Spike Lee’s “Clockers” is a good film in search of greatness.
Its merits are obvious - it’s a strong, soul-searching drama that will jolt you out of the cocoon of summer entertainment with its opening series of close-up photographs of real-life crime victims.
But “good” is a case of might-have-been, and with “Clockers,” the might-have-beens are tantalizing. Originally, Martin Scorsese was to direct the film version of Richard Price’s best seller, which depicted inner-city life from the perspective of “clockers” who deal in drugs around the clock, often using a quasi-respectable shop as their base.
Scorsese instead chose to concentrate on the upcoming “Casino,” and the equally impassioned Lee became “Clockers”’ director, with Scorsese as producer. Lee rewrote Price’s adaptation of the novel, sharing screenwriting credit with him, and their collaboration is both a blessing and a burden.
Lee and Price have the same virtues, including an affinity for street dialogue and an awareness of the many layers of humanity. No one in their urban jungle is either complete beast or beastmaster. But Lee and Price also share a nagging flaw: They lack a cinematic sense of narrative drive.
Price, a superb novelist with an uneven screenwriting output (“The Color of Money,” “Kiss of Death”), never has displayed a feel for onscreen plot momentum. And Lee’s narrative drive vanished with his recent “Malcolm X” and “Crooklyn.” And large middle segments of the new movie just stand there - throughout its entirety, you’ll wish “Clockers” ticked a lot faster.
The film concentrates on the plight of Strike (played by newcomer Mekhi Phifer), a 19-year-old “clocker” who works the benches of Brooklyn’s housing project but reports to charming, ominous Rodney (Delroy Lindo), a drug kingpin who enlists a circle of young men as his cocaine runners. Rodney treats Strike like a favored son but asks a deadly favor: He must murder a rival.
But when the rival is slain, Strike’s noble older brother Victor (Isaiah Washington), a hard-working family man, confesses to the crime. Homicide detective Rocco Klein (Harvey Keitel) doesn’t believe him and craftily tries to elicit a confession from Strike.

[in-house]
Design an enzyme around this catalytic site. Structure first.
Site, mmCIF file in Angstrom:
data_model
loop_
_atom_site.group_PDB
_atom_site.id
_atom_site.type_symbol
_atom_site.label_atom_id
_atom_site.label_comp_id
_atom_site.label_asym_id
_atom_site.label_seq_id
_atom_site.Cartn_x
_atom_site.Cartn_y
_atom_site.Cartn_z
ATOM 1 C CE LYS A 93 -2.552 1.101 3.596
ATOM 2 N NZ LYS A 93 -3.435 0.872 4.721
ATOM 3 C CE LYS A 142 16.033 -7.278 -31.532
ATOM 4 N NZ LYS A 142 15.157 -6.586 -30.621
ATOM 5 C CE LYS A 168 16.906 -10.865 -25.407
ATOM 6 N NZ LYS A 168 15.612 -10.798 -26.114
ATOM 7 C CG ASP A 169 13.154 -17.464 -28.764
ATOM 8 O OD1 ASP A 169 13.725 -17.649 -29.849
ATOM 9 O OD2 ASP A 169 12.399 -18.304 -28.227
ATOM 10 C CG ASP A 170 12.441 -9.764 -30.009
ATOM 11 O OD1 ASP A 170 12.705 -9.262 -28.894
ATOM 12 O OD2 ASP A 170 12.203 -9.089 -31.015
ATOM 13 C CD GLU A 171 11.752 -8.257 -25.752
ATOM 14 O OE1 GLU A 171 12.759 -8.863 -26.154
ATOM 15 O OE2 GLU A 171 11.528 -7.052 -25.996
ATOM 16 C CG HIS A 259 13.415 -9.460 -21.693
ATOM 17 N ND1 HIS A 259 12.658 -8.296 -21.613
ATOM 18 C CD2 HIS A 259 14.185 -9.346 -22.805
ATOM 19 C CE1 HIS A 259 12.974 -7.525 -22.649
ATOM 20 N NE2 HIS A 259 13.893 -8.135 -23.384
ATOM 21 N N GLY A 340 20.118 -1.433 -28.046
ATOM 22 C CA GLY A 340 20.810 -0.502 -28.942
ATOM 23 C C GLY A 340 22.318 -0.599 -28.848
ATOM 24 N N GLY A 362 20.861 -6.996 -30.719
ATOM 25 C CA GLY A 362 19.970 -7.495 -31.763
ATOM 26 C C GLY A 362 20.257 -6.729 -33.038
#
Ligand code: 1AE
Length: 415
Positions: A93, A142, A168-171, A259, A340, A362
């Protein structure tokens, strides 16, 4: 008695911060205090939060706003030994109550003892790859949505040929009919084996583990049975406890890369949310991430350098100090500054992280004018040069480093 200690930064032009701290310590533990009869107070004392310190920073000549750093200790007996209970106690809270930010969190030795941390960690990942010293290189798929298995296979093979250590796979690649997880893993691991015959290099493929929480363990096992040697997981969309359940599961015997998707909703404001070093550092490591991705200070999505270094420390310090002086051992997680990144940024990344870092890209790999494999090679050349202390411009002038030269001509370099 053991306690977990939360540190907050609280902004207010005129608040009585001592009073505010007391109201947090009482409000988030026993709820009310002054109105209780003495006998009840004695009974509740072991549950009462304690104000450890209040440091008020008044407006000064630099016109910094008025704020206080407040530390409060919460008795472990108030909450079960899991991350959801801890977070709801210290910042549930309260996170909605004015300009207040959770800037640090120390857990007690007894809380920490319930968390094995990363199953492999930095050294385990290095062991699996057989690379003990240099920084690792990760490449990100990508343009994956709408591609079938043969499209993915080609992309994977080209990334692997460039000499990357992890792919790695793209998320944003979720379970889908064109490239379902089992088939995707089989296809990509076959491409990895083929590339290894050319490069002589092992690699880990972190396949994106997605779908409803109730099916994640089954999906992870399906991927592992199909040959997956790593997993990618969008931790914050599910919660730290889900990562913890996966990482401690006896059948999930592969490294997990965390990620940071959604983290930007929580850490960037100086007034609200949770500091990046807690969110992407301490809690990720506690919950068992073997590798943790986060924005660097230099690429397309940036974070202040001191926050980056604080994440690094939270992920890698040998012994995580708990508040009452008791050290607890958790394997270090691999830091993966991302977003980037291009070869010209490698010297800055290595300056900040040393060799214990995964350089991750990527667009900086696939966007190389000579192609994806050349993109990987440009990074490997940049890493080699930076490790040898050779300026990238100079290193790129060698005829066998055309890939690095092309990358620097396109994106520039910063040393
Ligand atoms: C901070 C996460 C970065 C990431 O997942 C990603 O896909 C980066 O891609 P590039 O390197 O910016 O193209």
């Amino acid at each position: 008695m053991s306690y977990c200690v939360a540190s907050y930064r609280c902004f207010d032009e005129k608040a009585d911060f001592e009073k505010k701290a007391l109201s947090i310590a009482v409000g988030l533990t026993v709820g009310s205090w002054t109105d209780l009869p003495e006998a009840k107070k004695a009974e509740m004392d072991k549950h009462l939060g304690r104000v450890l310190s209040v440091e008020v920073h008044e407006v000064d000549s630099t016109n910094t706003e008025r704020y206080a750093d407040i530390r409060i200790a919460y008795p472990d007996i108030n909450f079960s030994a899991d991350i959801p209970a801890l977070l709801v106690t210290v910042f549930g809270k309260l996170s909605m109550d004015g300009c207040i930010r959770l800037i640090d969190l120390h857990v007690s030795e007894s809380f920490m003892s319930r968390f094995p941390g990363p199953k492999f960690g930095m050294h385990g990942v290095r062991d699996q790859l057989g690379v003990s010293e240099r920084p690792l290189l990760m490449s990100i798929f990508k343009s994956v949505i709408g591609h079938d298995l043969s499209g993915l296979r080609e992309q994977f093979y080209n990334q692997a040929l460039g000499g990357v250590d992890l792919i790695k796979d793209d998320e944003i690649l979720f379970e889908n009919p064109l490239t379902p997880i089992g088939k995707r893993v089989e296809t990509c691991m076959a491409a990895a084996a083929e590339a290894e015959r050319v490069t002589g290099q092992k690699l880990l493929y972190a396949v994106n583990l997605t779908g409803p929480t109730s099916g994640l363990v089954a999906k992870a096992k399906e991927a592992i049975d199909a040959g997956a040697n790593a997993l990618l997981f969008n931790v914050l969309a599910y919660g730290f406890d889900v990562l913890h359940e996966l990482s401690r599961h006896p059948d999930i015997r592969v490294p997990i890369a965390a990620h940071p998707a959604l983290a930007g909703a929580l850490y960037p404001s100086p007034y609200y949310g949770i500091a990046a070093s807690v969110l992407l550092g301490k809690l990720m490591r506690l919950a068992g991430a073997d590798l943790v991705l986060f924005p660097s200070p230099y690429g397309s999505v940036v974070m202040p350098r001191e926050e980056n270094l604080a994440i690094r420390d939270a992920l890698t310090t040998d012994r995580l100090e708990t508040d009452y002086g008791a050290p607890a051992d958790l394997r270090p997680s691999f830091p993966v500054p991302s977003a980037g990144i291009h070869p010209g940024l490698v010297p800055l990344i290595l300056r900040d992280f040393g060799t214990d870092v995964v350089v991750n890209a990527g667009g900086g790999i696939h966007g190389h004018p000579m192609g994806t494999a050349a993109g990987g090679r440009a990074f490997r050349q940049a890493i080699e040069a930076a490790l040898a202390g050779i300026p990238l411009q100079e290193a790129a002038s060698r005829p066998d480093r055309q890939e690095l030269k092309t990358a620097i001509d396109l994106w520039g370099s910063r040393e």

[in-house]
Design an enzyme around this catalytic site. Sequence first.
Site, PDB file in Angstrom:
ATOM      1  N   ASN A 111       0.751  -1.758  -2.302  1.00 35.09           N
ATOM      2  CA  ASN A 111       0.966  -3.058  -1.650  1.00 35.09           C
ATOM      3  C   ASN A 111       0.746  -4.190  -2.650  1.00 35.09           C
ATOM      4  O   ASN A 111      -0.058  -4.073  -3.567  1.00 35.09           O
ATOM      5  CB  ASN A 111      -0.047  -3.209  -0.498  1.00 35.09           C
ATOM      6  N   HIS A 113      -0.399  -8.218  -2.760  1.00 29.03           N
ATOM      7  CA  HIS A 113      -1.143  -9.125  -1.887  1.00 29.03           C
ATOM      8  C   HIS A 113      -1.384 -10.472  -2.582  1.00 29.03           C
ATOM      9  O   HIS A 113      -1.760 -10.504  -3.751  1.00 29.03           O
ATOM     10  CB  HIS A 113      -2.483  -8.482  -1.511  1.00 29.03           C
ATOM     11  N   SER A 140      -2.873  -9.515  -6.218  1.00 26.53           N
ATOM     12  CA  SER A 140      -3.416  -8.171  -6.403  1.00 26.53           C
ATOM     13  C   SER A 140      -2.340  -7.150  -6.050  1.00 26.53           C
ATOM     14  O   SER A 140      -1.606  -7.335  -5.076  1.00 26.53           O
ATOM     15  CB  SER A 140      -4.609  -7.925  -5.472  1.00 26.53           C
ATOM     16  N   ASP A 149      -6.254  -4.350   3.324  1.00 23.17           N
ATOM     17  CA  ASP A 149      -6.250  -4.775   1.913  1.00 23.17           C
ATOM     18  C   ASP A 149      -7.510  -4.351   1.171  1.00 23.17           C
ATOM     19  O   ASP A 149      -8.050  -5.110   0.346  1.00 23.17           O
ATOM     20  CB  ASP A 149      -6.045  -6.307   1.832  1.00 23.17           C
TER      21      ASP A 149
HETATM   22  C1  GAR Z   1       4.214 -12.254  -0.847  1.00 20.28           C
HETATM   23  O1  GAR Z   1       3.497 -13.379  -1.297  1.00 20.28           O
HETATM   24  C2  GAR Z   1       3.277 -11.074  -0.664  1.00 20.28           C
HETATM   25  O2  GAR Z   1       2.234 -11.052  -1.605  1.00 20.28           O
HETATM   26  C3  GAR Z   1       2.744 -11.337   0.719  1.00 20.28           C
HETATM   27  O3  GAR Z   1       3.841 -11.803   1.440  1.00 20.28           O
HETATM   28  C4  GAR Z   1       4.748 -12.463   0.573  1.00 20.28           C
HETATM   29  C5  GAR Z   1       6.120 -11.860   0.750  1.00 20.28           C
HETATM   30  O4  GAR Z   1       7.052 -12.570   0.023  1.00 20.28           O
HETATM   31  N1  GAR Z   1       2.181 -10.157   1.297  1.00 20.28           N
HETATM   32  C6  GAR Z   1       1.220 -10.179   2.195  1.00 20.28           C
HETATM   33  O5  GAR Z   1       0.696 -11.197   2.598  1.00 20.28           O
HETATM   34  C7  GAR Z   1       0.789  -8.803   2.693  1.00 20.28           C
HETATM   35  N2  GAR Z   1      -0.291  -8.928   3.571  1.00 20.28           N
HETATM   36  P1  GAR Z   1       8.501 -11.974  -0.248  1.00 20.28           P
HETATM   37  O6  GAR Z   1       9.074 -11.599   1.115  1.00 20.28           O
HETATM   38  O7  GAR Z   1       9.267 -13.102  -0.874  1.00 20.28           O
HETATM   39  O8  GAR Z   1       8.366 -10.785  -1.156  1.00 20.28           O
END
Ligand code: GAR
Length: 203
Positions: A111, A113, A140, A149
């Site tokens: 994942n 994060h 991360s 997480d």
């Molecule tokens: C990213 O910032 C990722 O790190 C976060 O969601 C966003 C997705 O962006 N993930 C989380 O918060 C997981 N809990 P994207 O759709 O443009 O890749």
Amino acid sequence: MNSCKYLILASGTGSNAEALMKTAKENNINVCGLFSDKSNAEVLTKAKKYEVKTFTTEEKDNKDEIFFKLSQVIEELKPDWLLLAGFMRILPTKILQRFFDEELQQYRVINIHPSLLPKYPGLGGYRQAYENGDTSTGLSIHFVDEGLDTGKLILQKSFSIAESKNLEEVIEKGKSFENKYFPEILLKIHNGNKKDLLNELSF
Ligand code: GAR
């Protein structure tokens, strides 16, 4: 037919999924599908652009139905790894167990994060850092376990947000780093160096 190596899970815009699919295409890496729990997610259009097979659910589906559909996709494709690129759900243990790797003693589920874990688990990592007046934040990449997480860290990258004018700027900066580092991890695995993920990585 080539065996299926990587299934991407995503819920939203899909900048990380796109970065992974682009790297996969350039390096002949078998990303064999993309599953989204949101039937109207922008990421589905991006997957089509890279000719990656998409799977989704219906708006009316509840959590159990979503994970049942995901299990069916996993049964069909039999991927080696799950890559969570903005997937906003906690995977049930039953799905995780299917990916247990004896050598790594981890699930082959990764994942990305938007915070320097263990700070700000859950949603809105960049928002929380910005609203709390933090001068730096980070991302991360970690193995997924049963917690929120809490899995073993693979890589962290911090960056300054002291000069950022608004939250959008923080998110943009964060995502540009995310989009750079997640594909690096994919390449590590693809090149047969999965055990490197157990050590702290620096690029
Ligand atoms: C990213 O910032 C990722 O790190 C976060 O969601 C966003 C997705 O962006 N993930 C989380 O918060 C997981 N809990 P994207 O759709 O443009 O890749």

Uneven as it is while you’re watching it, “Clockers” has an afterlife. Long after the film is - finally - over, you’ll still be wondering about the extent of its characters’ guilt and innocence, as well as the truth behind some grave situations. And Lee, skillfully merging his splashy camera techniques into the emotional flow, creates memorable scenes, including Rodney’s remembrance of his first killing and a youngster’s shocking slaying of an adult.
Phifer plays Strike with the right mixture of passivity and calculation, and Keitel, as always, is superb as the past-his-prime cop still capable of being shocked. But the talented John Turturro is wasted in the mild role of Keitel’s partner.
Lindo, who was achingly poignant as the well-meaning father in “Crooklyn,” is a magnificent Rodney. He loves his boys in his own way, and he can be charming. But he knows how to use his charm to lethal extremes, and a warm clasp on the shoulder can turn into a threatening stranglehold within seconds. His portrayal is all the more chilling for its moments of deceptive warmth.
Yet “Clockers” remains uneven and, most alarming, dramatically detached. Audiences may even want to distance themselves from these characters. But a great film would have brought even the most reluctant viewer into the arena.
MEMO: This sidebar appeared with the story: “Clockers” Location: Credits: Directed by Spike Lee, starring Mekhi Phifer, Harvey Keitel, Delroy Lindo, John Turturro, Keith David and Isaiah Washington Running time: 2:12 Rating: R
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